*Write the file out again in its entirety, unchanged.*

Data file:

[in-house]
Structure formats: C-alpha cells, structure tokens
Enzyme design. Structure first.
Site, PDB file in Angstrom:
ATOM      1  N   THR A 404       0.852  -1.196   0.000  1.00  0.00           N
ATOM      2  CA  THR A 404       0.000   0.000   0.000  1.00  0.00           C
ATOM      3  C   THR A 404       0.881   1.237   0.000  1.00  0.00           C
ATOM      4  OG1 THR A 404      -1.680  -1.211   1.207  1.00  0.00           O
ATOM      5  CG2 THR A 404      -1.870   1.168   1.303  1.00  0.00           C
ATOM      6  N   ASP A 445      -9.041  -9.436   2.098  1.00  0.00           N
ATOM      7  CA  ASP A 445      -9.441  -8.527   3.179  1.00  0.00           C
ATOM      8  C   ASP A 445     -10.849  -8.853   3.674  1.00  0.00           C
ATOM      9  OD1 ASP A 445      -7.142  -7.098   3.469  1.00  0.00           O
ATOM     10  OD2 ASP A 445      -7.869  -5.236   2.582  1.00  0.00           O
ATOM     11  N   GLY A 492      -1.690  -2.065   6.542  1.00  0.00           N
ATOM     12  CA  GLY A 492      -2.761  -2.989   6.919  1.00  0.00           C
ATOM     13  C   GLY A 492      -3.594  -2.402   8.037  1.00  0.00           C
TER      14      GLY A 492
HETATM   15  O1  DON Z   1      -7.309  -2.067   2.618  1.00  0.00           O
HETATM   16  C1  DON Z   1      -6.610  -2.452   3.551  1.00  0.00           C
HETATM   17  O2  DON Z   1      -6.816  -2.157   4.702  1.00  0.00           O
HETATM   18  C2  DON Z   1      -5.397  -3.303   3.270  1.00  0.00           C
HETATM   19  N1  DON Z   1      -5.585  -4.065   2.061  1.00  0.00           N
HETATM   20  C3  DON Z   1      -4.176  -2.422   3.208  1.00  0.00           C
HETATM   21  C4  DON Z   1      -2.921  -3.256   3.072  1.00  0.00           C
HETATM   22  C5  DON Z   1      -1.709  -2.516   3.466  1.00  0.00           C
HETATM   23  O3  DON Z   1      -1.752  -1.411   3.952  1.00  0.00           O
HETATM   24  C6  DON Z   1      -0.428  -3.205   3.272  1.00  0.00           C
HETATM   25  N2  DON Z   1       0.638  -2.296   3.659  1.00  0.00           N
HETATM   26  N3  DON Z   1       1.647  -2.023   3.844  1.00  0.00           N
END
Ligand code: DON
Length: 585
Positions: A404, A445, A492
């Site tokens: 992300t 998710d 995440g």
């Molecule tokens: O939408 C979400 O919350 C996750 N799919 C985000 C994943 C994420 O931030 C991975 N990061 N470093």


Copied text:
[in-house]
Structure formats: C-alpha cells, structure tokens
Enzyme design. Structure first.
Site, PDB file in Angstrom:
ATOM      1  N   THR A 404       0.852  -1.196   0.000  1.00  0.00           N
ATOM      2  CA  THR A 404       0.000   0.000   0.000  1.00  0.00           C
ATOM      3  C   THR A 404       0.881   1.237   0.000  1.00  0.00           C
ATOM      4  OG1 THR A 404      -1.680  -1.211   1.207  1.00  0.00           O
ATOM      5  CG2 THR A 404      -1.870   1.168   1.303  1.00  0.00           C
ATOM      6  N   ASP A 445      -9.041  -9.436   2.098  1.00  0.00           N
ATOM      7  CA  ASP A 445      -9.441  -8.527   3.179  1.00  0.00           C
ATOM      8  C   ASP A 445     -10.849  -8.853   3.674  1.00  0.00           C
ATOM      9  OD1 ASP A 445      -7.142  -7.098   3.469  1.00  0.00           O
ATOM     10  OD2 ASP A 445      -7.869  -5.236   2.582  1.00  0.00           O
ATOM     11  N   GLY A 492      -1.690  -2.065   6.542  1.00  0.00           N
ATOM     12  CA  GLY A 492      -2.761  -2.989   6.919  1.00  0.00           C
ATOM     13  C   GLY A 492      -3.594  -2.402   8.037  1.00  0.00           C
TER      14      GLY A 492
HETATM   15  O1  DON Z   1      -7.309  -2.067   2.618  1.00  0.00           O
HETATM   16  C1  DON Z   1      -6.610  -2.452   3.551  1.00  0.00           C
HETATM   17  O2  DON Z   1      -6.816  -2.157   4.702  1.00  0.00           O
HETATM   18  C2  DON Z   1      -5.397  -3.303   3.270  1.00  0.00           C
HETATM   19  N1  DON Z   1      -5.585  -4.065   2.061  1.00  0.00           N
HETATM   20  C3  DON Z   1      -4.176  -2.422   3.208  1.00  0.00           C
HETATM   21  C4  DON Z   1      -2.921  -3.256   3.072  1.00  0.00           C
HETATM   22  C5  DON Z   1      -1.709  -2.516   3.466  1.00  0.00           C
HETATM   23  O3  DON Z   1      -1.752  -1.411   3.952  1.00  0.00           O
HETATM   24  C6  DON Z   1      -0.428  -3.205   3.272  1.00  0.00           C
HETATM   25  N2  DON Z   1       0.638  -2.296   3.659  1.00  0.00           N
HETATM   26  N3  DON Z   1       1.647  -2.023   3.844  1.00  0.00           N
END
Ligand code: DON
Length: 585
Positions: A404, A445, A492
């Site tokens: 992300t 998710d 995440g």
């Molecule tokens: O939408 C979400 O919350 C996750 N799919 C985000 C994943 C994420 O931030 C991975 N990061 N470093």